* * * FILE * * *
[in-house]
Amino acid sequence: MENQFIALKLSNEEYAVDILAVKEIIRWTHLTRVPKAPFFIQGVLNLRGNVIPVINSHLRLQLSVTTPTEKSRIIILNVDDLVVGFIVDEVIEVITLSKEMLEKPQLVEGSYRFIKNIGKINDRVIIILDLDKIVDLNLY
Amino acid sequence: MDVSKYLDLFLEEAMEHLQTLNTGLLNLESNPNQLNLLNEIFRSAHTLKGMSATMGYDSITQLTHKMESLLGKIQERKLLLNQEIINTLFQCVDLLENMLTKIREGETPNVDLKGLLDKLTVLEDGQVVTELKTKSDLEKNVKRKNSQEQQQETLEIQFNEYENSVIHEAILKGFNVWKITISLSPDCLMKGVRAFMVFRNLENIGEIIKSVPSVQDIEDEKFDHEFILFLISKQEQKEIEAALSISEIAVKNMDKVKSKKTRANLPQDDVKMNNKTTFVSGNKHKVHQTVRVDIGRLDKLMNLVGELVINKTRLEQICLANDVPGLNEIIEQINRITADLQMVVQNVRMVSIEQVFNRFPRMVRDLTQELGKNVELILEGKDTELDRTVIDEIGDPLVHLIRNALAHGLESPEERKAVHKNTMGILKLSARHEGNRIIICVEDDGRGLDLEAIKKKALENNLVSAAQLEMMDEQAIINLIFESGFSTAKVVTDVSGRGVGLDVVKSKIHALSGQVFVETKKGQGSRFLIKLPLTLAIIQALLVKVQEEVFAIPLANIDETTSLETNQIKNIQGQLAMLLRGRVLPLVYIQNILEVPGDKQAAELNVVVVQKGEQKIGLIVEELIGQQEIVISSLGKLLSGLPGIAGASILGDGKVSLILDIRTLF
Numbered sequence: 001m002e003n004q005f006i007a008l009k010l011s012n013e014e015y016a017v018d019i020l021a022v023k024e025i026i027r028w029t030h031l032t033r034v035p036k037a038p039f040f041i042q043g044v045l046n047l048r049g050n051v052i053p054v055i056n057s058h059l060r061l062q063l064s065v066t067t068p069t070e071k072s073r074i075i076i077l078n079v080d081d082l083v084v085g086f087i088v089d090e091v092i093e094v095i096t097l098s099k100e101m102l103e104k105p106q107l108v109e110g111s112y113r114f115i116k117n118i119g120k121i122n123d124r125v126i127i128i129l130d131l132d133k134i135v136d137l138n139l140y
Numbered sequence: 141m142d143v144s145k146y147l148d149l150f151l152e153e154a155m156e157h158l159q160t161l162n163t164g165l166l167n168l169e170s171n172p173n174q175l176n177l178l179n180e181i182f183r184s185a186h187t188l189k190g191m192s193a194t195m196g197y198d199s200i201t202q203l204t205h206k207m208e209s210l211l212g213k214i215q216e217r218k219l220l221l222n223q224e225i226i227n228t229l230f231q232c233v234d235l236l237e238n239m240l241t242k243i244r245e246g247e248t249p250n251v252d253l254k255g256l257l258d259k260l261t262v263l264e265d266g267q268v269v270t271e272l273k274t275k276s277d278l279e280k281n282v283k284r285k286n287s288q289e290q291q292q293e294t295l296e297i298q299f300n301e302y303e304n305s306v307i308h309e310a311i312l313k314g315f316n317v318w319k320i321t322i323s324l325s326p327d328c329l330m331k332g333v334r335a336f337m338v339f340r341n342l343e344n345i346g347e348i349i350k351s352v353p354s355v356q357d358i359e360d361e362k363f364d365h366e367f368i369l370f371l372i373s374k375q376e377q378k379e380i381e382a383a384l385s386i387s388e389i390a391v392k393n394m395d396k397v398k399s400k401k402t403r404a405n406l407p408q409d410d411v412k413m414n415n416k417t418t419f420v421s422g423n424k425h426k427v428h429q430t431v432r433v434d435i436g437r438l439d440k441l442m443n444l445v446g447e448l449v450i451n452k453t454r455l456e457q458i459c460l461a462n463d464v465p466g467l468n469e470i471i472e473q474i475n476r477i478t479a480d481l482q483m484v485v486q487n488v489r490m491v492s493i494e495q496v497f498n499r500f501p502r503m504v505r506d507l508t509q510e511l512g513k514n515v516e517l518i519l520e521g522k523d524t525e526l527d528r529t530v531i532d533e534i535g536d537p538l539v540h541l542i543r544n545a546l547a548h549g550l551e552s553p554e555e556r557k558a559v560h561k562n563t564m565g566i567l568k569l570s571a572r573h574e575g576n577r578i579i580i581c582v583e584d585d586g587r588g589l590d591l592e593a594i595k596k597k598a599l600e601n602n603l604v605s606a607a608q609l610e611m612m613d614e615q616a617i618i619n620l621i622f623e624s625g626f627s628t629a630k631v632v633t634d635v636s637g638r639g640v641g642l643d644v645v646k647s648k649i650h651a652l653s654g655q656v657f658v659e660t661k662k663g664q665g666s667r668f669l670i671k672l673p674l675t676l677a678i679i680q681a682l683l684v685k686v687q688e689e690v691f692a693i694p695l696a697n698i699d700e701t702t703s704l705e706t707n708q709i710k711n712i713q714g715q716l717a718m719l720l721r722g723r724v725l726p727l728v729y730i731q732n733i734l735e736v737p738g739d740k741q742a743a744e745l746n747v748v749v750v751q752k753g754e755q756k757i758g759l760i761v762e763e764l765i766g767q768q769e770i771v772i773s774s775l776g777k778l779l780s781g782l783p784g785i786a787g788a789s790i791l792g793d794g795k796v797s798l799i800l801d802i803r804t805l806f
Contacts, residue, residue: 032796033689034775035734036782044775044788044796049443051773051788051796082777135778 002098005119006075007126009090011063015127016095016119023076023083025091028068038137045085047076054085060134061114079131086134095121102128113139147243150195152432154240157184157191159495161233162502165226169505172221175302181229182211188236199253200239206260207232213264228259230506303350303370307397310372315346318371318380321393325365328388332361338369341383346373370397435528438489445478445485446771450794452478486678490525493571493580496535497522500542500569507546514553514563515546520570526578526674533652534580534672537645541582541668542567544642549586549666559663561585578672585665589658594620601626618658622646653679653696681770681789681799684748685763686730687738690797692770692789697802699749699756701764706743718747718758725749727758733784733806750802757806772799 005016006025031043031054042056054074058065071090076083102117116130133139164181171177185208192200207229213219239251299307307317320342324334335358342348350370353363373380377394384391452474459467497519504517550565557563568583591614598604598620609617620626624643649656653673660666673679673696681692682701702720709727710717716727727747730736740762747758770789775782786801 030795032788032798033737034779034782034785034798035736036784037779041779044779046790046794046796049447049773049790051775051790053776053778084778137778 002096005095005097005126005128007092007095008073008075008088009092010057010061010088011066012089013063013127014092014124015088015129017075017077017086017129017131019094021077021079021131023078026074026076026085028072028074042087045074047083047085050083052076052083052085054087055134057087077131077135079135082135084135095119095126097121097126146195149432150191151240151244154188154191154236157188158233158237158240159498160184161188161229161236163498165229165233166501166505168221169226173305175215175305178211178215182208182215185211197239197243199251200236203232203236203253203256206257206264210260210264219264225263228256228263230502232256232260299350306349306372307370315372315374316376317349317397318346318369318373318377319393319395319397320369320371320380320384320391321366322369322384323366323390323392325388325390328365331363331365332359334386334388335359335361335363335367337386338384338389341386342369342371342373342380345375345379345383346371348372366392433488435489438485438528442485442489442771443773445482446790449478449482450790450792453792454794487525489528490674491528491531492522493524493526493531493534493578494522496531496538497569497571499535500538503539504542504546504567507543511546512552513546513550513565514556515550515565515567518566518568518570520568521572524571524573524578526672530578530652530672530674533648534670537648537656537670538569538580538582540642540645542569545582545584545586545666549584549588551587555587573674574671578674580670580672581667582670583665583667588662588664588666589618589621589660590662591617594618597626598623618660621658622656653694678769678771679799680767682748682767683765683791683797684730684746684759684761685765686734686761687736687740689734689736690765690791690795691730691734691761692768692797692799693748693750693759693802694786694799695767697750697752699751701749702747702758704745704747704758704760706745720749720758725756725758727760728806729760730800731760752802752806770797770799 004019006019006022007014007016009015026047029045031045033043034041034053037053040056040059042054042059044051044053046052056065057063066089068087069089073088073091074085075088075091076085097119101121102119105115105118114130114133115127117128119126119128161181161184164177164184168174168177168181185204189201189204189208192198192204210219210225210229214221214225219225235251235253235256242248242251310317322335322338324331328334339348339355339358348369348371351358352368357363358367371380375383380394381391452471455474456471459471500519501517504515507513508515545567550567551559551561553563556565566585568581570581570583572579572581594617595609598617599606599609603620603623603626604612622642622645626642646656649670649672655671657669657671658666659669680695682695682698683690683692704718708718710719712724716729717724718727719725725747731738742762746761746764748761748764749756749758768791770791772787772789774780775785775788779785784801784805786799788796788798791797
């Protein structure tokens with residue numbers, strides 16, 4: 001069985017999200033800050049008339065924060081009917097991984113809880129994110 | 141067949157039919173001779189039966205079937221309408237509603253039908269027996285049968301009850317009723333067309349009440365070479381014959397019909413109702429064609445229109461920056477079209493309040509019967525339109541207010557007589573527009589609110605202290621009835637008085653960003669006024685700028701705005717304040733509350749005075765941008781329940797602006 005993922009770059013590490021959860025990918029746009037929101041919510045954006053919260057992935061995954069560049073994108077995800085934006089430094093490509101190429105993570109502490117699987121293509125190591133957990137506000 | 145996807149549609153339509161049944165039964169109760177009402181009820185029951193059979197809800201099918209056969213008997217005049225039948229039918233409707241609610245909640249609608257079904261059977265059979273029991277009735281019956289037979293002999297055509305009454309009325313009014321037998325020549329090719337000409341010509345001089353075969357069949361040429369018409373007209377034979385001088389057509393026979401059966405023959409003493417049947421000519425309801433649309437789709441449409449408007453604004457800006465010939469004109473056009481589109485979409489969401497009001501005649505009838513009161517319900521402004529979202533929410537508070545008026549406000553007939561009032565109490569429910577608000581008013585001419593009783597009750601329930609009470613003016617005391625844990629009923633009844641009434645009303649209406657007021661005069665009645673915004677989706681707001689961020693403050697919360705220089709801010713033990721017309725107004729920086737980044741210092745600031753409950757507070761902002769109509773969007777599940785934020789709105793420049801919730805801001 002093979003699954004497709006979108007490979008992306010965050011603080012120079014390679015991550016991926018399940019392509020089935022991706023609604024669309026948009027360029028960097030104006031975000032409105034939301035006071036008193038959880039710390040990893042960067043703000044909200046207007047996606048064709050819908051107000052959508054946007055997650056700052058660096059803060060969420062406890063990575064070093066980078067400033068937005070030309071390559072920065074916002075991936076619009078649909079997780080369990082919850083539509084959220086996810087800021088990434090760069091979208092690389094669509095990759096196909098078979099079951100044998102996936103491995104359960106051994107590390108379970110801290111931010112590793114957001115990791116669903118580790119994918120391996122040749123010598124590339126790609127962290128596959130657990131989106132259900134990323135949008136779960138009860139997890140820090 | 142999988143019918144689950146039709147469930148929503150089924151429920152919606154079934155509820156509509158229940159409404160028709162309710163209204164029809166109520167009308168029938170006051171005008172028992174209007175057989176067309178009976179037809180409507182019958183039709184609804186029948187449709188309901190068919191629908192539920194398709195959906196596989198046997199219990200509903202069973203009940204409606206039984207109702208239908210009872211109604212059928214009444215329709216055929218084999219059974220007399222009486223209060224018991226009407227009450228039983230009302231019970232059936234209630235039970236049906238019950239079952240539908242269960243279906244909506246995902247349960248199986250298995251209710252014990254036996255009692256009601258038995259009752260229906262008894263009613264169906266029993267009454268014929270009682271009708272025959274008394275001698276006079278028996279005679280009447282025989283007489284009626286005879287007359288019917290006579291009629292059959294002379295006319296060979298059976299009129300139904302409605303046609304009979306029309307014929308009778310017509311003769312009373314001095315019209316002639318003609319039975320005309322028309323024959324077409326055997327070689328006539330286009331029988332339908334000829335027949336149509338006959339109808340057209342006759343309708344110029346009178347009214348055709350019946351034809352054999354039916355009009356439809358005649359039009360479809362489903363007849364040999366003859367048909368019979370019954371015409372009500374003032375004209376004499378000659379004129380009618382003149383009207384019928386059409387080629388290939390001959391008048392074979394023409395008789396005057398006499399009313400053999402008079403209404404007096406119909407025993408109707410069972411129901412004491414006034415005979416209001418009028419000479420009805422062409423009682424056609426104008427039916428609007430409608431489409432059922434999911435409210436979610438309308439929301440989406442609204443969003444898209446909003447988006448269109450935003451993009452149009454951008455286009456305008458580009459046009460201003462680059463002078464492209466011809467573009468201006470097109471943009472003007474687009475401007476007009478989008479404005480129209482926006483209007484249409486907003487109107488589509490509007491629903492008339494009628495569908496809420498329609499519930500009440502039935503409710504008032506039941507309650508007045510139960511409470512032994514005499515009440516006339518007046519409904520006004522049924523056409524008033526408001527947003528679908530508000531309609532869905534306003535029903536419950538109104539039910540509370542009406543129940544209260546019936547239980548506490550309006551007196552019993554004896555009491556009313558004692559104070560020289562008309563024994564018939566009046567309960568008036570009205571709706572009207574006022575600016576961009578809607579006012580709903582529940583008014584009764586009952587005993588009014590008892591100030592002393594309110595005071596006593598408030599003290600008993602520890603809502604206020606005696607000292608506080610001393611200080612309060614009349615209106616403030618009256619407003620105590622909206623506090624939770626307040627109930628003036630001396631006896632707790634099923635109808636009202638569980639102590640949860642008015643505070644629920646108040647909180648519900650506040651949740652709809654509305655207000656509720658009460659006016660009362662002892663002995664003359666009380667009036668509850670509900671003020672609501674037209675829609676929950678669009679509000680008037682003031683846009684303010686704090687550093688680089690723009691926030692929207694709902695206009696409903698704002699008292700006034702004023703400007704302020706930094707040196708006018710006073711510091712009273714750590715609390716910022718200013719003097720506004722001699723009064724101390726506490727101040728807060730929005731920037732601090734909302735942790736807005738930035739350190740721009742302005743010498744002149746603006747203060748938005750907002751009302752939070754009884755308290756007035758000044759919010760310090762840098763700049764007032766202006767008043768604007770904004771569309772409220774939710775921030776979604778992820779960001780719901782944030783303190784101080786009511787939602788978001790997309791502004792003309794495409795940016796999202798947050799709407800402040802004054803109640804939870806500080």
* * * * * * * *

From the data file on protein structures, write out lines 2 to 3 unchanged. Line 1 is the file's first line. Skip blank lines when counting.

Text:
Amino acid sequence: MENQFIALKLSNEEYAVDILAVKEIIRWTHLTRVPKAPFFIQGVLNLRGNVIPVINSHLRLQLSVTTPTEKSRIIILNVDDLVVGFIVDEVIEVITLSKEMLEKPQLVEGSYRFIKNIGKINDRVIIILDLDKIVDLNLY
Amino acid sequence: MDVSKYLDLFLEEAMEHLQTLNTGLLNLESNPNQLNLLNEIFRSAHTLKGMSATMGYDSITQLTHKMESLLGKIQERKLLLNQEIINTLFQCVDLLENMLTKIREGETPNVDLKGLLDKLTVLEDGQVVTELKTKSDLEKNVKRKNSQEQQQETLEIQFNEYENSVIHEAILKGFNVWKITISLSPDCLMKGVRAFMVFRNLENIGEIIKSVPSVQDIEDEKFDHEFILFLISKQEQKEIEAALSISEIAVKNMDKVKSKKTRANLPQDDVKMNNKTTFVSGNKHKVHQTVRVDIGRLDKLMNLVGELVINKTRLEQICLANDVPGLNEIIEQINRITADLQMVVQNVRMVSIEQVFNRFPRMVRDLTQELGKNVELILEGKDTELDRTVIDEIGDPLVHLIRNALAHGLESPEERKAVHKNTMGILKLSARHEGNRIIICVEDDGRGLDLEAIKKKALENNLVSAAQLEMMDEQAIINLIFESGFSTAKVVTDVSGRGVGLDVVKSKIHALSGQVFVETKKGQGSRFLIKLPLTLAIIQALLVKVQEEVFAIPLANIDETTSLETNQIKNIQGQLAMLLRGRVLPLVYIQNILEVPGDKQAAELNVVVVQKGEQKIGLIVEELIGQQEIVISSLGKLLSGLPGIAGASILGDGKVSLILDIRTLF